One of the more sobering passages for me in the New Testament is the story of John the baptizer’s painful deconstruction.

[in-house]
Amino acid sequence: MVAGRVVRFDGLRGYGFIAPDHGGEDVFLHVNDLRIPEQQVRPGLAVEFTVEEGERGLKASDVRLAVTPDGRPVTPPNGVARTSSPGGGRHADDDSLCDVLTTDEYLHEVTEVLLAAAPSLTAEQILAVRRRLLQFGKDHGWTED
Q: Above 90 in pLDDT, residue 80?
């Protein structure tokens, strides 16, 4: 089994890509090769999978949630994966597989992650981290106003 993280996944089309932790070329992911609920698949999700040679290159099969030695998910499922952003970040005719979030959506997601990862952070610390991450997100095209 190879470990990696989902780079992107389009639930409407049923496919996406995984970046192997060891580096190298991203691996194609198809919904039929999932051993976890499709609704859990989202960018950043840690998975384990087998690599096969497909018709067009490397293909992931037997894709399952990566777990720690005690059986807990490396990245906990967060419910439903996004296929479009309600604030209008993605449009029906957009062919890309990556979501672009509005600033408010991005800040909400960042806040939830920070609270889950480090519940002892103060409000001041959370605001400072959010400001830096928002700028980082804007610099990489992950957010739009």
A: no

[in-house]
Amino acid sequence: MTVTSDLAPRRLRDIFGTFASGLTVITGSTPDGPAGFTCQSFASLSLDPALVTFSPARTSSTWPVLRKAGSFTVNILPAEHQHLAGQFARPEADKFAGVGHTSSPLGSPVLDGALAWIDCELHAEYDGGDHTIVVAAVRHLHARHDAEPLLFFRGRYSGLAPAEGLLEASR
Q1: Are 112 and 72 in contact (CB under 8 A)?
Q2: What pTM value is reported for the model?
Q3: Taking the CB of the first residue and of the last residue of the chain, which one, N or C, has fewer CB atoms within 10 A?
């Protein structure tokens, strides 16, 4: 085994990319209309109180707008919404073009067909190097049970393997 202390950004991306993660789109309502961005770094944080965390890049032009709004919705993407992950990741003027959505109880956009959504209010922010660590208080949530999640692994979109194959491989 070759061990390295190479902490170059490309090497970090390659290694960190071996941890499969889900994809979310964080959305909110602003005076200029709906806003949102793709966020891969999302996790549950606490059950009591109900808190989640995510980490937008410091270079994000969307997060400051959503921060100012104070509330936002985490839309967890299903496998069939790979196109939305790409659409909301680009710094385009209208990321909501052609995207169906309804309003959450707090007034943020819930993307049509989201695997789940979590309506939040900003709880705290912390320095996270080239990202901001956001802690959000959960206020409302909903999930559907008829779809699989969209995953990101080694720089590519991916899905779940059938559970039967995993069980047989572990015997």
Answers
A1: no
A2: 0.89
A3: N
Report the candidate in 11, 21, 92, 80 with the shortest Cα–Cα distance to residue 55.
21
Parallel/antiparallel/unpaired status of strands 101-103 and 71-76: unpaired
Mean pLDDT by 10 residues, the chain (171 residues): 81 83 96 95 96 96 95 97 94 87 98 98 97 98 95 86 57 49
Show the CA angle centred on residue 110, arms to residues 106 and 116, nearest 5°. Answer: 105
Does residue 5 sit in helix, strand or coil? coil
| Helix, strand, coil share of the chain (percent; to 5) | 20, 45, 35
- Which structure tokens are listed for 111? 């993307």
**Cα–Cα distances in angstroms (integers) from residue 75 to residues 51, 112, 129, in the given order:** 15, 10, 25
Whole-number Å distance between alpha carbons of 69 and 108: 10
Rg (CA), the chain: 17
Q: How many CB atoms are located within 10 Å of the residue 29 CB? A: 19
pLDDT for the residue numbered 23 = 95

Please apply some grace to my interpretation of the story, but John had been thrown in prison because of his fiery rhetoric regarding the religious hypocrisy of Herod Antipas. John was the prophesied forerunner of the coming messiah. He is recorded as witnessing Jesus’ affirmation from God as the “beloved son.” But after his imprisonment, he apparently was having questions. For this fiery apocalyptic preacher with a unique calling and sizeable following (according to the Jewish historian Josephus), the loneliness and isolation of imprisonment must have been soul-crushing. So if he had proclaimed and “anointed” the messiah, why wasn’t something happening? Why was the Roman government still empowered? How could the corrupt political machinery have the upper hand? Was he wrong about everything? And so his followers bring a message to Jesus: “John the Baptist sent us to ask, ‘Are you the Messiah we’ve been expecting, or should we keep looking for someone else?’” (Luke 7:20 (NLT) Dang. That’s in your face. In other words: “We don’t have time to mess around here.” Perhaps John was doing more than doubting; he may have been deconstructing. When expectations fail, when people aren’t who we thought they were, when religious people in power create false realities, we might wrestle with cognitive dissonance. And that often leads to levels of deconstruction. In our polarized, politicized, and fractioned Church—and where weekly it seems prominent leaders aren’t who we thought they were—many believers are questioning their belief systems. As leaders, we have a calling to leave the ninety-nine and go after the one. And in some cases, the root is not so much theological, but rather three notable intrusions into the church: 1. Us-versus-Them Cultural Ideologies. The move of seeing the Church as a culture warrior rather than a healing salve is frustrating to many. This approach is divisive and often devoid of nuance in cultural conversations and differences. 2. Political Alignments and Polarization. Our society has seemingly lost any sense of shared truths and facts; the demonization of the “other” has been fed by volumes of misinformation. The rise of populist Christian nationalism has displaced a theology of the Kingdom and created a false narrative of exceptionalism and, dare I say it, pride—and pride in the most destructive sense. 3. Behavioral Hypocrisy. This certainly isn’t new, and the parable of the wheat and tares seems to indicate a prime tactic of Satan. But bottom line, we have no one blame but ourselves—we have become our own worst enemy in our witness to the world. In his classic book The Christ of the Indian Road (1925), the remarkable missionary E. Stanley Jones recounted a meeting he had with the Indian philosopher Bara Dada. After hours of good conversation, Bara Dada remarked, “Jesus is ideal and wonderful, but you Christians—you are not like him.” Jones found the Sermon of the Mount revered by many of the philosophers and religious leaders of India, but not evidenced in the Christians they had met. In helping a deconstructing believer reconstruct their faith, empathy and honesty is paramount. Of course the issues can be more complex and let’s be honest: we carbon-based bipeds are full of contradictions and blind spots, but identifying these three drivers is helpful in separating a true credal faith from these artifacts. Keep the focus on Jesus and the Kingdom. To return to John’s deconstruction, Jesus’ response focused on the healing nature of the true work of the Kingdom: “Go back and report to John what you have seen and heard: The blind receive sight, the lame walk, those who have leprosy are cleansed, the deaf hear, the dead are raised, and the good news is proclaimed to the poor.” (Luke 7:22 NIV) If we’re not actively equipping and engaging the church in those behaviors and “heart motivators”, we have to own some of the blame for this season of deconstruction. Dave Workman | ELEMENTAL CHURCHES
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